Fannie Flagg says new novel, ‘The Whole Town’s Talking,’ will be her last

Fannie Flagg says new novel, ‘The Whole Town’s Talking,’ will be her last
2016 marks the 25th anniversary of the movie "Fried Green Tomatoes." Author Fannie Flagg, center, is shown with the cast. (Photo/provided)

Fannie Flagg swears she’s done this time.

“If you hear that I’m writing another book, you have my permission to get on a plane, come to California and beat me with a stick,” says Flagg, a Birmingham native. “I’m tired. If I do anything after this, I’ll do short stories.”

Flagg – the author of eight best-selling books, including “Fried Green Tomatoes at the Whistle Stop Café” – has threatened retirement from novel-writing before, but she seems to mean it this time. She says “The Whole Town’s Talking,” which comes out Nov. 29, is her last.

“Long novels take too long and are too hard,” says Flagg, who lives in Montecito, California. “I want to do shorter pieces now. Unless a miracle happens, I really don’t want to do another novel. I just want to do other things.”

A couple of years in the making, “The Whole Town’s Talking” is the tale of the founding of the small town of Elmwood Springs, Missouri.

“It’s sort of a saga,” Flagg says. “It starts in the 1880s with a Swedish immigrant who buys this land and is the founder of the town. The book ends in 2020. It’s the history of a typical American town, how it started and how it ended up.”

Three of Flagg’s previous novels – “Welcome to the World, Baby Girl!,” “Standing in the Rainbow” and “Can’t Wait to Get to Heaven” – are set in Elmwood Springs. “This one is kind of a prequel to those other books,” she says.

The idea for “The Whole Town’s Talking” came to Flagg because of visits to Solvang, California.

“It’s a little town settled by Danish immigrants, and they’re still living there, and that inspired me,” she says.

In addition, a DNA test a couple of years ago said Flagg’s ancestry went back to Finland.

flagg_wholetowntalking-coverAnd so it was that Elmwood Springs was founded by Swedish immigrants.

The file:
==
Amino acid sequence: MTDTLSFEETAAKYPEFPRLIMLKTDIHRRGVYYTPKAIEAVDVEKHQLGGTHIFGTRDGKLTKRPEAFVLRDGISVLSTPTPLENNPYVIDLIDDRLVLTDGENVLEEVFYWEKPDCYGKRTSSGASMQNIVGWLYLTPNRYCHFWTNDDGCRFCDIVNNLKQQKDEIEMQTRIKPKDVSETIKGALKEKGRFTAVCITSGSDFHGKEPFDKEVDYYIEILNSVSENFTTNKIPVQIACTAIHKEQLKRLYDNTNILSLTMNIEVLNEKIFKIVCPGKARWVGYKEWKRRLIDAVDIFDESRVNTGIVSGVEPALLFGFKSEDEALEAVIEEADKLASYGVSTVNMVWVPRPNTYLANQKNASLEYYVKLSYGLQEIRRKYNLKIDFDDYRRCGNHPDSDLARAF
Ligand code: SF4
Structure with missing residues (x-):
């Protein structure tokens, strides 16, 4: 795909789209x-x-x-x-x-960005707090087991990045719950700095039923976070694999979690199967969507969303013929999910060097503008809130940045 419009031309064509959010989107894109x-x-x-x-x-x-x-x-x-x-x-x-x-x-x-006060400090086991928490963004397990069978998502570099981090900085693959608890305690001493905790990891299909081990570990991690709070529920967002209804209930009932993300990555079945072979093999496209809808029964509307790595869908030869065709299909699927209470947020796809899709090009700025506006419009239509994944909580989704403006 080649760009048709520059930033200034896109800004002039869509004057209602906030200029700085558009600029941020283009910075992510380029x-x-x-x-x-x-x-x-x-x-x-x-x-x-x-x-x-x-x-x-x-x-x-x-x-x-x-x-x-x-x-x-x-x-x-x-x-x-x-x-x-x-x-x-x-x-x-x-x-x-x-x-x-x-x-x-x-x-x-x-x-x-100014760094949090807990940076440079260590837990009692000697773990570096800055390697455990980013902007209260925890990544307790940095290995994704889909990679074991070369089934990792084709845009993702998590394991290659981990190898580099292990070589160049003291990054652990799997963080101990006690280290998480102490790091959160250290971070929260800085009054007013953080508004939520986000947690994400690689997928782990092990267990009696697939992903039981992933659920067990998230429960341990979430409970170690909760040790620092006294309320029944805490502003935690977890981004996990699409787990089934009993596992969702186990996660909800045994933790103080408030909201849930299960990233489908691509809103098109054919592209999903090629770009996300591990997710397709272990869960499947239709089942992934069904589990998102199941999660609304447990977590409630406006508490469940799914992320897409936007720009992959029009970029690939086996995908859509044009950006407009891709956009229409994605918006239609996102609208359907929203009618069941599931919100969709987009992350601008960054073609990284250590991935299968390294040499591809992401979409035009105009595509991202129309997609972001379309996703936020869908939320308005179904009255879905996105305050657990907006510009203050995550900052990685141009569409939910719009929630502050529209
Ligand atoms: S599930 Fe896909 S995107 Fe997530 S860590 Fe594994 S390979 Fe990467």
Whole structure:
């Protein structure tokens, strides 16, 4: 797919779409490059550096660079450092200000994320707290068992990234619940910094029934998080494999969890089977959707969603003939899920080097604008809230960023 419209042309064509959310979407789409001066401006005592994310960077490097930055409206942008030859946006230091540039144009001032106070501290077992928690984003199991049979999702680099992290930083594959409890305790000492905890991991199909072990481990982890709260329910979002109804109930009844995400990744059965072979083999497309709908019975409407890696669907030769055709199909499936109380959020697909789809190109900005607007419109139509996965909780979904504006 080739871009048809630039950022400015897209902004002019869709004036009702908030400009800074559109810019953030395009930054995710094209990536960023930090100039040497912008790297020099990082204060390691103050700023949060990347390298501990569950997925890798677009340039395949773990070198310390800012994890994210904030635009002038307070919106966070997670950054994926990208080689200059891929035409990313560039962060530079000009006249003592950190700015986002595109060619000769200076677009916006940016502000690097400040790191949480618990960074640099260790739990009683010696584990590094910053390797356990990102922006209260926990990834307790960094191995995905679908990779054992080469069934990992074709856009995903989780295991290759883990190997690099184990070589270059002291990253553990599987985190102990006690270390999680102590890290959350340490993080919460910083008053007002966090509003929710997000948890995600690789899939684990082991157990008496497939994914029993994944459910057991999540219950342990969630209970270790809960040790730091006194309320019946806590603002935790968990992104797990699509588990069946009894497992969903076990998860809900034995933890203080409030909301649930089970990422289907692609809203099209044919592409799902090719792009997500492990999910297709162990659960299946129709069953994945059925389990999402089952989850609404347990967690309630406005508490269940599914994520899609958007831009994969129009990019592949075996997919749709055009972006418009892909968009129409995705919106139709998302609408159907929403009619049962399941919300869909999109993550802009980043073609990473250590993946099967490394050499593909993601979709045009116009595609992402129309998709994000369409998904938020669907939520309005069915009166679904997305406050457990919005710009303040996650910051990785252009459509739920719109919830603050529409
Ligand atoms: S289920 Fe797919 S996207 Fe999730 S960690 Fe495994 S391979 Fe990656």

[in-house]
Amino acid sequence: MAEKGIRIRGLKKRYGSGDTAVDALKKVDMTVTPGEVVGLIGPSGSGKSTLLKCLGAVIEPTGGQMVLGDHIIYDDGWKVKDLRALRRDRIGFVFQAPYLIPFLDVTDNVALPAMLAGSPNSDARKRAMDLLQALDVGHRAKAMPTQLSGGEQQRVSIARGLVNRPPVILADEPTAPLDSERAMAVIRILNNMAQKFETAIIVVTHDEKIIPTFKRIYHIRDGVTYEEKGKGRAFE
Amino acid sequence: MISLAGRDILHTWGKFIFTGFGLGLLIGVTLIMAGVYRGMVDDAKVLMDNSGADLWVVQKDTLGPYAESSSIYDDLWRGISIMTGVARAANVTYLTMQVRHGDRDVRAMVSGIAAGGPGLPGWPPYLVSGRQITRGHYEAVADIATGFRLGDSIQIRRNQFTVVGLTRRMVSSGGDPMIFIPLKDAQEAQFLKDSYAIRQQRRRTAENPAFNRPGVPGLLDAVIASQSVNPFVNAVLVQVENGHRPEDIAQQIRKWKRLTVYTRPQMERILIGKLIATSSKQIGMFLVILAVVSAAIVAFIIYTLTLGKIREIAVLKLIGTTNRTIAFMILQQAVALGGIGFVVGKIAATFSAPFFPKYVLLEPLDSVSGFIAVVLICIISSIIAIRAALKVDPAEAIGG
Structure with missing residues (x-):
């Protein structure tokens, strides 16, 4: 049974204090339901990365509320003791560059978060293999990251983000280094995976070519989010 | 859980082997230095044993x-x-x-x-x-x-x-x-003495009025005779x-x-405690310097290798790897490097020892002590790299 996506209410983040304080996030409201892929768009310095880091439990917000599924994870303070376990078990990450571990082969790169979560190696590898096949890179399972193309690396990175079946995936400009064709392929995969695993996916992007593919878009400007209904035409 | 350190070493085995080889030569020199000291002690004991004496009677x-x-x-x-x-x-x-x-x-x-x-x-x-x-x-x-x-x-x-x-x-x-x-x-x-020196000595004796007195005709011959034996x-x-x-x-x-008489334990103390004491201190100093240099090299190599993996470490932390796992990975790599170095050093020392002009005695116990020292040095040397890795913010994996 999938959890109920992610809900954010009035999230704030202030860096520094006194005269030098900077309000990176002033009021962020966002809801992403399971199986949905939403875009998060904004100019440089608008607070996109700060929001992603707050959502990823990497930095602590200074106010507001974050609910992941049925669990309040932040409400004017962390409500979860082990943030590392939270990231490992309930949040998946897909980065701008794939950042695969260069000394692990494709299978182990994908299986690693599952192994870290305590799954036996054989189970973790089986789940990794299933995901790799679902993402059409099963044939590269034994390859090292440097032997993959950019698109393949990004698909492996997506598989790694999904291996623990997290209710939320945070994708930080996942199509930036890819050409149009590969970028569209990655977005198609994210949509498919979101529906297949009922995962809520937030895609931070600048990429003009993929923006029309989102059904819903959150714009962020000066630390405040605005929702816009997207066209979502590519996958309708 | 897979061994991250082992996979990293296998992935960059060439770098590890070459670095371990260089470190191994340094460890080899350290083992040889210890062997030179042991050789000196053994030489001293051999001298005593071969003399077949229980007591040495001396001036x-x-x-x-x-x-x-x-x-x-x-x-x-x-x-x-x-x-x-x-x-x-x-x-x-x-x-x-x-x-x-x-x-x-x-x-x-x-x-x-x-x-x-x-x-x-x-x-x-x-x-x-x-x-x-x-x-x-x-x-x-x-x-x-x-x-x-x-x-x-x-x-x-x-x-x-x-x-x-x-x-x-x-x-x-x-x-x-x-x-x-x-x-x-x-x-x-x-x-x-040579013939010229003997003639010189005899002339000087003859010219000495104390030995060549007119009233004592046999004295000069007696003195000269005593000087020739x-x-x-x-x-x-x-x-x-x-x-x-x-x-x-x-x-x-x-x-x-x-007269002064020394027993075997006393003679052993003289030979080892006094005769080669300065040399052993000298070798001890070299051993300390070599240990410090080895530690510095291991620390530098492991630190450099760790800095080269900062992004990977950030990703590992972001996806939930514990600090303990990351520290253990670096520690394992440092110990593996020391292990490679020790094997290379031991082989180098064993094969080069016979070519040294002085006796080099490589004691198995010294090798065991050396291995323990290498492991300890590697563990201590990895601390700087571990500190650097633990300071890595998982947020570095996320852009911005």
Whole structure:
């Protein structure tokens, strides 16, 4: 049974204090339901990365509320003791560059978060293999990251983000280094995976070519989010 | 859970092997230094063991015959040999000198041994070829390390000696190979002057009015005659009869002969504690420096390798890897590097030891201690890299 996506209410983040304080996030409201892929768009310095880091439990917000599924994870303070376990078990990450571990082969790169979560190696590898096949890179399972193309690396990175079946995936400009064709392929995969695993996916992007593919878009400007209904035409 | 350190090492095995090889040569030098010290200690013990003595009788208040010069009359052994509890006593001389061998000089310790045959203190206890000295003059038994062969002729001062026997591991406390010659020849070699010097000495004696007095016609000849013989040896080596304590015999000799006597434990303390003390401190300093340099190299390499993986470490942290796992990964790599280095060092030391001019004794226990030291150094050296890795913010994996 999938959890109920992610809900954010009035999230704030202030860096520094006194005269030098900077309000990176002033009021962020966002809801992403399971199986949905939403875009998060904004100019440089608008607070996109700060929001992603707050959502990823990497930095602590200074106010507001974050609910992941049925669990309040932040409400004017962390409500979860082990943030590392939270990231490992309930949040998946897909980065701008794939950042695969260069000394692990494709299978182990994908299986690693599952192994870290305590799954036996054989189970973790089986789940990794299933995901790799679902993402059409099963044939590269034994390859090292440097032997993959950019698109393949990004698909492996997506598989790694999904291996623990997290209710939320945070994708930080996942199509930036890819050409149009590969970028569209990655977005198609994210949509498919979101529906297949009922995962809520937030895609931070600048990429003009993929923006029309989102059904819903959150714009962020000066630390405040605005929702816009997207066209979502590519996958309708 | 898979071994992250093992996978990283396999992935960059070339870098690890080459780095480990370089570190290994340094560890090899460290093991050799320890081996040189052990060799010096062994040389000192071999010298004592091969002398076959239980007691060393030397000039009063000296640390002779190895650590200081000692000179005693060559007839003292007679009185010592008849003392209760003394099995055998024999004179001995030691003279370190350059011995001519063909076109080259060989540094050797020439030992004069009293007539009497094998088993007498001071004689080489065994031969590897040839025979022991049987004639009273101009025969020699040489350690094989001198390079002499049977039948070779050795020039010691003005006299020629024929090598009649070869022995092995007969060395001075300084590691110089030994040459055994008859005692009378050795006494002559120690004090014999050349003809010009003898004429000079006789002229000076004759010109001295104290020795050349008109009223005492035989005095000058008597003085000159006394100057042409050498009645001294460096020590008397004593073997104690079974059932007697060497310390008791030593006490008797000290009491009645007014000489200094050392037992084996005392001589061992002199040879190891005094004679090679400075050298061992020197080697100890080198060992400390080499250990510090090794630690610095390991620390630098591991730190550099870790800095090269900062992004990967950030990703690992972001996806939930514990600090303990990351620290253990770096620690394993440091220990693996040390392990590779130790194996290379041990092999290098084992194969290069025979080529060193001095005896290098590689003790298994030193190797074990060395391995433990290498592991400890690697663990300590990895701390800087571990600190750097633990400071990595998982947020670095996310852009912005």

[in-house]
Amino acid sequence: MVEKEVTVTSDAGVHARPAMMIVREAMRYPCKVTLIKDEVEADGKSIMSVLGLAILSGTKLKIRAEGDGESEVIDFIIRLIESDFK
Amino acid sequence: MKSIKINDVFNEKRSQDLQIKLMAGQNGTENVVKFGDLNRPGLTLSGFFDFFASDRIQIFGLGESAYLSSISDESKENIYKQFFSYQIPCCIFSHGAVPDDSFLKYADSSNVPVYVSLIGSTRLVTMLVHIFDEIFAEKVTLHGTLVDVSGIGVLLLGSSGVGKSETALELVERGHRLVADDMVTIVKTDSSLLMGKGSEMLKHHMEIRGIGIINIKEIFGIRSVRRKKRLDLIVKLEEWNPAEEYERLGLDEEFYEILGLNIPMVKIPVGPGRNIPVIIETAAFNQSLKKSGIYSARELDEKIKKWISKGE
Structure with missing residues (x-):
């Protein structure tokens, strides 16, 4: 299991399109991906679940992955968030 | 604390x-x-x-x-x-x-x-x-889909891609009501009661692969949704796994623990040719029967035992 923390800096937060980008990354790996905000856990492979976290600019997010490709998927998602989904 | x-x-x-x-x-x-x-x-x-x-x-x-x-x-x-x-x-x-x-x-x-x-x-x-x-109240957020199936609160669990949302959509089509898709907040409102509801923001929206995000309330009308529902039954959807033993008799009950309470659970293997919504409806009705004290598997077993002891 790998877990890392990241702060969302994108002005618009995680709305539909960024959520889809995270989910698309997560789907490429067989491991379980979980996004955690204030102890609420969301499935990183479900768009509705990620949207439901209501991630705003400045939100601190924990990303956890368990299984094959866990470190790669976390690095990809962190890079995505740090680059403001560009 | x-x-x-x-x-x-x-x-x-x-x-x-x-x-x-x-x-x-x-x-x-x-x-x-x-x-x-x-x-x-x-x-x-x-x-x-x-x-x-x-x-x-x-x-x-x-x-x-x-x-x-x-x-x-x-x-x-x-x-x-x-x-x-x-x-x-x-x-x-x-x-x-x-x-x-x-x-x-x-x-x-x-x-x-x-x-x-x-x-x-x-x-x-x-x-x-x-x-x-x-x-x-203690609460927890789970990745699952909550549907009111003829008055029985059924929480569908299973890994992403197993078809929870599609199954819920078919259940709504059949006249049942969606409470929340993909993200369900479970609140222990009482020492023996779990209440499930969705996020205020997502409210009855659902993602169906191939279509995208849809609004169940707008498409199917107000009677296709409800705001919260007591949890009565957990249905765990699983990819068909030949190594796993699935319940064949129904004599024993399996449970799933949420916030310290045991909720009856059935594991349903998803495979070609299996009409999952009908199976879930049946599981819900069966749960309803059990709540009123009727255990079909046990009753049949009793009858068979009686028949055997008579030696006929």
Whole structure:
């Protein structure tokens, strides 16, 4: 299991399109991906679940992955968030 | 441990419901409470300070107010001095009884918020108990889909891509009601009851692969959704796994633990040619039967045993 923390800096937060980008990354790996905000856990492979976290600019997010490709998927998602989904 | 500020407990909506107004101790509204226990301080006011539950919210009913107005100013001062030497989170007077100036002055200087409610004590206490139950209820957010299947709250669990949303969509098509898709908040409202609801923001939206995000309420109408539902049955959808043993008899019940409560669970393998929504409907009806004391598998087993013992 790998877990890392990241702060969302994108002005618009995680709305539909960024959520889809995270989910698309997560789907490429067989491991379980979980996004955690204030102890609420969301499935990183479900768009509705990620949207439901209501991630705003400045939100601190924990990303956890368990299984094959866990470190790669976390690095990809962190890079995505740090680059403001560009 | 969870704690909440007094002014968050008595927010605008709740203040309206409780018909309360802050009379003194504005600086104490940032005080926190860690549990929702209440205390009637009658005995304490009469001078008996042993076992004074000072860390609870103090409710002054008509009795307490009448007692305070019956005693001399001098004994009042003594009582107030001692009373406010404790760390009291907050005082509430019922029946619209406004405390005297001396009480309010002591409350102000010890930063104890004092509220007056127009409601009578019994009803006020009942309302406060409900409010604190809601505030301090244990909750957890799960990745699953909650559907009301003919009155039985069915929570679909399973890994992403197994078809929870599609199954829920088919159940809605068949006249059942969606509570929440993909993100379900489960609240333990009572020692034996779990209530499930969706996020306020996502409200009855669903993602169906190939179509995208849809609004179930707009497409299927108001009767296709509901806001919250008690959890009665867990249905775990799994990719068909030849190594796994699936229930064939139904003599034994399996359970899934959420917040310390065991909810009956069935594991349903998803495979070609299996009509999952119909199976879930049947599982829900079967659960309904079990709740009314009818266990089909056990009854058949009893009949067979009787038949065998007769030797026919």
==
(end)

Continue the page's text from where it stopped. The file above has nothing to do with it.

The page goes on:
“One of the great things about writing for me is that when I do research I learn so many things I didn’t know,” Flagg says. “I learned a lot about what immigrants went through just to get here. The trip over would have killed most people. We come from a sturdy, sturdy stock. We started out that way.”

Flagg grew up in Birmingham, working with Town and Gown Theatre and on Tom York’s “Morning Show” before heading off to national fame. She appeared with Allen Funt on “Candid Camera,” was a constant game-show guest in the 1970s and appeared on Broadway in “The Best Little Whorehouse in Texas” and “Patio/Porch.”

In 1987, she published “Fried Green Tomatoes at the Whistle Stop Café” and, in 1991, earned an Oscar nomination for best screenplay when it became the movie “Fried Green Tomatoes.”

Flagg’s father operated movie projectors in Birmingham, including at the Lyric Theatre, where Flagg will be the star of an event on Dec. 9. (She has an event in Fairhope on Dec. 6).

Until recently, Flagg had residences in Birmingham and Fairhope. She lives full time in California now, but she gets back to Alabama often, especially after writing a new book.

“I’ve always come to Alabama to launch my books,” she says. “It’s a good luck thing for me.”

Before heading to New York, Fannie Flagg launches the tour of her new book with two Alabama events:

Tuesday, Dec. 6, at 6 p.m., a reading and signing, sponsored by the Page & Palette, will be held at the Fairhope Civic Center, 161 North Section St., Fairhope.

Friday, Dec. 9, at 7 p.m., a conversation with Janice Rogers of “Good Day Alabama” will take place at the Lyric Theatre, 1800 Third Ave. North, Birmingham. It is sponsored by Books-a-Million.

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